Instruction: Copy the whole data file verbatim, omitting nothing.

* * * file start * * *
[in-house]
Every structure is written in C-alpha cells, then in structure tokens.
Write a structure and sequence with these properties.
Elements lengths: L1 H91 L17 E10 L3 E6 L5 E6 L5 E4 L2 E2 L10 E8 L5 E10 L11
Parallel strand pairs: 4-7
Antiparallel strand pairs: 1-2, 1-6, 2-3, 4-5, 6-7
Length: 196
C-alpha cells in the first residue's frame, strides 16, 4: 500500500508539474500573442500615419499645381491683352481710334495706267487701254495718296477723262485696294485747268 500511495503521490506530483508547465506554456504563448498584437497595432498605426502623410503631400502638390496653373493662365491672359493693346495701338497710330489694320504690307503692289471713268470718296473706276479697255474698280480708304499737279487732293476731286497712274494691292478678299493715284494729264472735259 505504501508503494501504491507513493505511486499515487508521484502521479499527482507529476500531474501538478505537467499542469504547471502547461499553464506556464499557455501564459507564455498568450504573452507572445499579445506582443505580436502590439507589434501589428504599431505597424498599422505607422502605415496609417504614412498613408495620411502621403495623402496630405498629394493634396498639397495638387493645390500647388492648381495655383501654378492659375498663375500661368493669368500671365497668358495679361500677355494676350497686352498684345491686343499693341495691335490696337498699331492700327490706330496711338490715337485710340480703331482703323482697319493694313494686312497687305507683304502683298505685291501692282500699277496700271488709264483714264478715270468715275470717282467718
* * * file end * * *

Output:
[in-house]
Every structure is written in C-alpha cells, then in structure tokens.
Write a structure and sequence with these properties.
Elements lengths: L1 H91 L17 E10 L3 E6 L5 E6 L5 E4 L2 E2 L10 E8 L5 E10 L11
Parallel strand pairs: 4-7
Antiparallel strand pairs: 1-2, 1-6, 2-3, 4-5, 6-7
Length: 196
C-alpha cells in the first residue's frame, strides 16, 4: 500500500508539474500573442500615419499645381491683352481710334495706267487701254495718296477723262485696294485747268 500511495503521490506530483508547465506554456504563448498584437497595432498605426502623410503631400502638390496653373493662365491672359493693346495701338497710330489694320504690307503692289471713268470718296473706276479697255474698280480708304499737279487732293476731286497712274494691292478678299493715284494729264472735259 505504501508503494501504491507513493505511486499515487508521484502521479499527482507529476500531474501538478505537467499542469504547471502547461499553464506556464499557455501564459507564455498568450504573452507572445499579445506582443505580436502590439507589434501589428504599431505597424498599422505607422502605415496609417504614412498613408495620411502621403495623402496630405498629394493634396498639397495638387493645390500647388492648381495655383501654378492659375498663375500661368493669368500671365497668358495679361500677355494676350497686352498684345491686343499693341495691335490696337498699331492700327490706330496711338490715337485710340480703331482703323482697319493694313494686312497687305507683304502683298505685291501692282500699277496700271488709264483714264478715270468715275470717282467718